Richard Damra Thursday, January 31st, 2013
Econ 1B03 – Chapter 7
Revisiting the Market Eqilibirium
Do the equilibrium price and quantity maximize the total welfare of buyers and sellers?
Market equilibrium reflects the way markets allocate scarce resources.
Whether the market allocation is desirable can be addressed by welfare economics
The study of how the allocation of resources affects economic well being
Buyers and sellers receive benefits from participating in the market.
Equilibrium in the market maximizes these benefits
Every buyer in an economy is only willing to pay up to a certain amount for a good or service.
Willingness-to-pay: the maximum amount a buyer will pay for a good. Also called the
reservation price. Measures the value the buyer places on the good.
When a buyer actually plays less than he/she is willing to pay, they enjoy a benefit. We define:
Consumer surplus: The buyer’s willingness-to-pay for a good minus the amount they actually
Market demand curve depicts consumers’ willingness-to-pay
o Depicts how consumers value the good.
Suppose the market price of a good is $50
We can illustrate total benefits: Consumer surplus, CS. It is the area under the demand curve
above the selling price. In other words the area of a triangle.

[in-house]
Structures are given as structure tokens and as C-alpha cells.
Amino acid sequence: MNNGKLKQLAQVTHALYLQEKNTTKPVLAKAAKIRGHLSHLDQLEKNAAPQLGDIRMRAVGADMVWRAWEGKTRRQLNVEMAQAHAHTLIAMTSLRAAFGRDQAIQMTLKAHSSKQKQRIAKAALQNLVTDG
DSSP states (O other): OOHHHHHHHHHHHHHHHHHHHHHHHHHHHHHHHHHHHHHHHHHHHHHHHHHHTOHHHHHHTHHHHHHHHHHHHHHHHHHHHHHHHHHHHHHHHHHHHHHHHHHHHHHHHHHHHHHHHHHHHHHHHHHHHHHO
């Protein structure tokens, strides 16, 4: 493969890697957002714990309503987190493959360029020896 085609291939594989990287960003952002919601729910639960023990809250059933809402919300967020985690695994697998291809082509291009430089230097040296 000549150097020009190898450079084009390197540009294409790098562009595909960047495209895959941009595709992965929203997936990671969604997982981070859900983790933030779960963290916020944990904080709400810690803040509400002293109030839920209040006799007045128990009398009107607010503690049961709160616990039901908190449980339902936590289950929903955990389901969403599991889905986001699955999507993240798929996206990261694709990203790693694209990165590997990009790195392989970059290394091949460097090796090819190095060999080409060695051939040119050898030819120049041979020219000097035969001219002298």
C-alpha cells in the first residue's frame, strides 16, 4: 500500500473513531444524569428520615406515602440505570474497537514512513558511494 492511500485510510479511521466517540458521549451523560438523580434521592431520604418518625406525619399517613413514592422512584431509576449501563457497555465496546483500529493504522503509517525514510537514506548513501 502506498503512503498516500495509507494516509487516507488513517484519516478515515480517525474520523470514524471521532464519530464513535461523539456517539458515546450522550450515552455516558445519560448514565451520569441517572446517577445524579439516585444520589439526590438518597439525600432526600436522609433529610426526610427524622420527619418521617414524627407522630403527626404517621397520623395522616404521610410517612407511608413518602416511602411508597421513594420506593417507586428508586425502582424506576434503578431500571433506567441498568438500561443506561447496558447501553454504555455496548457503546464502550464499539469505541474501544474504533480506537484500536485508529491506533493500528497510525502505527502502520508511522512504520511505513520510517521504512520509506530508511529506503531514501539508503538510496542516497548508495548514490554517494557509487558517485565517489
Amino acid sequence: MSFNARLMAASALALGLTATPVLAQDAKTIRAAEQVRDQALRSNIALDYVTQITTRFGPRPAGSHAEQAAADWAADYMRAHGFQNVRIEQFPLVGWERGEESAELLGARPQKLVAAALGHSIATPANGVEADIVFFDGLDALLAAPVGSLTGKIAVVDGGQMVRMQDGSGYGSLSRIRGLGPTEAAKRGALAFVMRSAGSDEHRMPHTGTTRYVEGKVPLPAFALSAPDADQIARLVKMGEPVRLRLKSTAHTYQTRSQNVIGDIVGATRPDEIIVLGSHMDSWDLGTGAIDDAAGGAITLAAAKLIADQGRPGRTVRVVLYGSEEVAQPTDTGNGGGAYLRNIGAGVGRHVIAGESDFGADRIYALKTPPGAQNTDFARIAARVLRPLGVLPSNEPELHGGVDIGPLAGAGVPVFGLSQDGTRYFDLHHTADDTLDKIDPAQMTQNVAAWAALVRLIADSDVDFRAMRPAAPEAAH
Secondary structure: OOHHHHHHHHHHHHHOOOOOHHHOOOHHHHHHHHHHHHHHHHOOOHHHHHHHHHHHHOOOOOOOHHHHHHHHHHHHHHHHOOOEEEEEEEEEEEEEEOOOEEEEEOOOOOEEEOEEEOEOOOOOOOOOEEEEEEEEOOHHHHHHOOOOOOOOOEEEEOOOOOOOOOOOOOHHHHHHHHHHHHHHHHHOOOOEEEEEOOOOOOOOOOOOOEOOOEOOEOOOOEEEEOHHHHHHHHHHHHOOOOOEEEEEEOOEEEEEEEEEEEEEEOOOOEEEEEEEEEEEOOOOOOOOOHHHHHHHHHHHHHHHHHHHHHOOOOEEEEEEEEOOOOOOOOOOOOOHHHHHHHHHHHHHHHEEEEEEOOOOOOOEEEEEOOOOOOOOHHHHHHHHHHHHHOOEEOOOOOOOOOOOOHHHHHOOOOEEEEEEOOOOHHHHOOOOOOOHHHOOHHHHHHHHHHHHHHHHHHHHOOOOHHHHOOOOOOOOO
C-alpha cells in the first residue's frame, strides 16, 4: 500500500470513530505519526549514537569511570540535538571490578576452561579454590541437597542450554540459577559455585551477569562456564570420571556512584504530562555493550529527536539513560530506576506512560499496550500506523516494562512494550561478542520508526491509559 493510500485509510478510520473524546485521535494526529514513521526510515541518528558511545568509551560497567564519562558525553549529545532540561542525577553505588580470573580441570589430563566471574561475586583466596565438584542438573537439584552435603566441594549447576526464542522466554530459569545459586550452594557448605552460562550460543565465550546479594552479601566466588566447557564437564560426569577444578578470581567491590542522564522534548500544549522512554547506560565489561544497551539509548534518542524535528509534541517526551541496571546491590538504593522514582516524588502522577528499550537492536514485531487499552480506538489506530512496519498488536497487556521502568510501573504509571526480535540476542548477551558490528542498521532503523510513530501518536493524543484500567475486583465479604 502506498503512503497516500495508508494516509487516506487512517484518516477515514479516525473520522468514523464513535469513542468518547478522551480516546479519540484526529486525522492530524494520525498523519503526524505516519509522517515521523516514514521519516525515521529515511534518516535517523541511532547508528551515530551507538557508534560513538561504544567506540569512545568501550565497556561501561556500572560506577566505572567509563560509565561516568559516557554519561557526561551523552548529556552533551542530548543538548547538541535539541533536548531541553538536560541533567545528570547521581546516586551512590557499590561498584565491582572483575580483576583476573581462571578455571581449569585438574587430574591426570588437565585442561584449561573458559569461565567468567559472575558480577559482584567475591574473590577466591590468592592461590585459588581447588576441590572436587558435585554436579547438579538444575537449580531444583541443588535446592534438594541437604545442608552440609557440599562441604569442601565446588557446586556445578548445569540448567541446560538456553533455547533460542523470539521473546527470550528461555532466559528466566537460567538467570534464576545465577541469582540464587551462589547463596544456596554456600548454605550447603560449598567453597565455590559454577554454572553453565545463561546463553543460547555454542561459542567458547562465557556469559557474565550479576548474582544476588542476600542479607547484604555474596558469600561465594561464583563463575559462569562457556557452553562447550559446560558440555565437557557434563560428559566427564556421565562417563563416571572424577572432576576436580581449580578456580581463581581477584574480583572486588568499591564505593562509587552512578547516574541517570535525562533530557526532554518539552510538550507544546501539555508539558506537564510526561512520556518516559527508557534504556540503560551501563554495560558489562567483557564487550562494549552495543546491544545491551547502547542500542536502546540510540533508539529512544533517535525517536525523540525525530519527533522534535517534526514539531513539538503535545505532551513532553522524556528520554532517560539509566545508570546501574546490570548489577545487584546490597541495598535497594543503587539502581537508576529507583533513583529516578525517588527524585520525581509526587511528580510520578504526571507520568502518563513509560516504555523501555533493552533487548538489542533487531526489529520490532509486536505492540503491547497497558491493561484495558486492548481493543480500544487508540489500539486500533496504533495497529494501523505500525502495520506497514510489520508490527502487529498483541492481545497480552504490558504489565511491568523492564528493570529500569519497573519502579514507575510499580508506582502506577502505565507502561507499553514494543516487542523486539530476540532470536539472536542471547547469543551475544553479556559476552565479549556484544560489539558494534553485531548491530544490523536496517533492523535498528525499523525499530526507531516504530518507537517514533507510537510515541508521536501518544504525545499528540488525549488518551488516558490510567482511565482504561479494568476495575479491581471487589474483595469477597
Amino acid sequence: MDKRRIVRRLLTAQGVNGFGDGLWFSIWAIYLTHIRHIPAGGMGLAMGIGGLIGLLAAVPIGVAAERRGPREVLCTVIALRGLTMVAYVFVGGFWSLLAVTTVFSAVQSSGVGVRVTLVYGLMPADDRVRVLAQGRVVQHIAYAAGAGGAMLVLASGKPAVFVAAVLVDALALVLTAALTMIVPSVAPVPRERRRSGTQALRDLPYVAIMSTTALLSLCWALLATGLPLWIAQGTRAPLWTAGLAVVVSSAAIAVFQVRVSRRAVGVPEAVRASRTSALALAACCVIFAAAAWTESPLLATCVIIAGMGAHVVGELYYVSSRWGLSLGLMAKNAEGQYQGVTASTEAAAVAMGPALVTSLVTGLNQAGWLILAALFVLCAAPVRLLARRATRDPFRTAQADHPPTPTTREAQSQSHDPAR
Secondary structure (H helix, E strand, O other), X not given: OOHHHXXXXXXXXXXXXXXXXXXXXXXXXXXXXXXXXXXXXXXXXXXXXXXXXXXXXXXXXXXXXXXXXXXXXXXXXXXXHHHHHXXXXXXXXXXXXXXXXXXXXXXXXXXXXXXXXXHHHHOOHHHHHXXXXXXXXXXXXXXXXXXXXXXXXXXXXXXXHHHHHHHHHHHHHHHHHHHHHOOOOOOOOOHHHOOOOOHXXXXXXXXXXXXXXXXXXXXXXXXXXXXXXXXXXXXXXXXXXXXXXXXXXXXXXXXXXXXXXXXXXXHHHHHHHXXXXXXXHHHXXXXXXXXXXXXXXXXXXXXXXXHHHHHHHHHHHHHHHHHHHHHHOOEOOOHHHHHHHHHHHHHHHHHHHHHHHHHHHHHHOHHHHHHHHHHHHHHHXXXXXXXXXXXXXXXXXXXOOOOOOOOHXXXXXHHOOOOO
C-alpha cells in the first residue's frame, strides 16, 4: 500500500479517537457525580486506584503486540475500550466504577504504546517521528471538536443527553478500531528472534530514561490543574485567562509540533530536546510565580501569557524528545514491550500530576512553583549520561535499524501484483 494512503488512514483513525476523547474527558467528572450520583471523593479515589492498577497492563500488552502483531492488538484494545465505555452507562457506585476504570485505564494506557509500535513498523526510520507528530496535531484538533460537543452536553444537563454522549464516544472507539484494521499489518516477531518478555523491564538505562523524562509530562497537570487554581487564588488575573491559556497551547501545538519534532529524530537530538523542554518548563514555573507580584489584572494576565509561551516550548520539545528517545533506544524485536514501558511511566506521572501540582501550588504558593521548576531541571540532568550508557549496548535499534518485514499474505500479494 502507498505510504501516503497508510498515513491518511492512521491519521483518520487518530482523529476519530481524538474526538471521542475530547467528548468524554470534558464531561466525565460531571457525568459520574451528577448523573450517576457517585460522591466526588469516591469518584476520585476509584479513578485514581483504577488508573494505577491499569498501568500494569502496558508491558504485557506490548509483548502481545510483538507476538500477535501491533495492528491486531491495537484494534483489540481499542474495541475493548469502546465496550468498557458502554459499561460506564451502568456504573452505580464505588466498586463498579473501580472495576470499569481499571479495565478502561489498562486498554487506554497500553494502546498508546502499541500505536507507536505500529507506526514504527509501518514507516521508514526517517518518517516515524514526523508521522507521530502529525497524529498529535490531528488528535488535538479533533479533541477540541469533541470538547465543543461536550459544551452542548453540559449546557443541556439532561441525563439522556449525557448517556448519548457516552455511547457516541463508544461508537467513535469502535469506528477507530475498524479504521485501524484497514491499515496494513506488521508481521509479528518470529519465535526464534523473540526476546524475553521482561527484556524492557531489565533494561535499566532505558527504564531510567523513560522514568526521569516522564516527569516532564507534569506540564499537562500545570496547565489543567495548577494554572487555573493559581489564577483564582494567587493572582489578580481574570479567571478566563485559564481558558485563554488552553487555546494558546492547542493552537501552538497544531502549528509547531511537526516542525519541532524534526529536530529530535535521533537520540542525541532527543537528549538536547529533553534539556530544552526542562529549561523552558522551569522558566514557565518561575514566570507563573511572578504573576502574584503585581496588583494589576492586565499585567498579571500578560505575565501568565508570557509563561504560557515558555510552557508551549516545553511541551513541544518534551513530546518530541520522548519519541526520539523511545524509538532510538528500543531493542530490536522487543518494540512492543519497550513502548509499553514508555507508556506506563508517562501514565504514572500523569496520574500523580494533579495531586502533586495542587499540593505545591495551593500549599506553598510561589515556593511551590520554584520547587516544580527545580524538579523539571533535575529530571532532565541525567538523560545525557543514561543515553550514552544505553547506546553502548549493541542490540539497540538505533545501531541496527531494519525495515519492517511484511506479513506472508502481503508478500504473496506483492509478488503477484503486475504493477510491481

In the above graph the CS(Consumer Surplus) is $11 250. Richard Damra Thursday, January 31st, 2013
How a Price Change Affects Consumer Surplus
Producer Surplus: Amount that a seller is paid for a good minus the seller’s cost measures
the benefit to sellers participating in the market.
Willingness-to-sell: Lowest price a supplier will take to produce a good and offer it for sale.
o Cost is a measure of the sellers willingness-to-sell.
Just as consumer surplus is related to the demand curve, producer surplus is closely related to
the supply curve.
o The supply curve reflects a producer’s costs (more on costs in Chapter 13)
The area below the selling price and above the supply curve measures the producer surplus in a
Again suppose the selling price is $50
o Richard Damra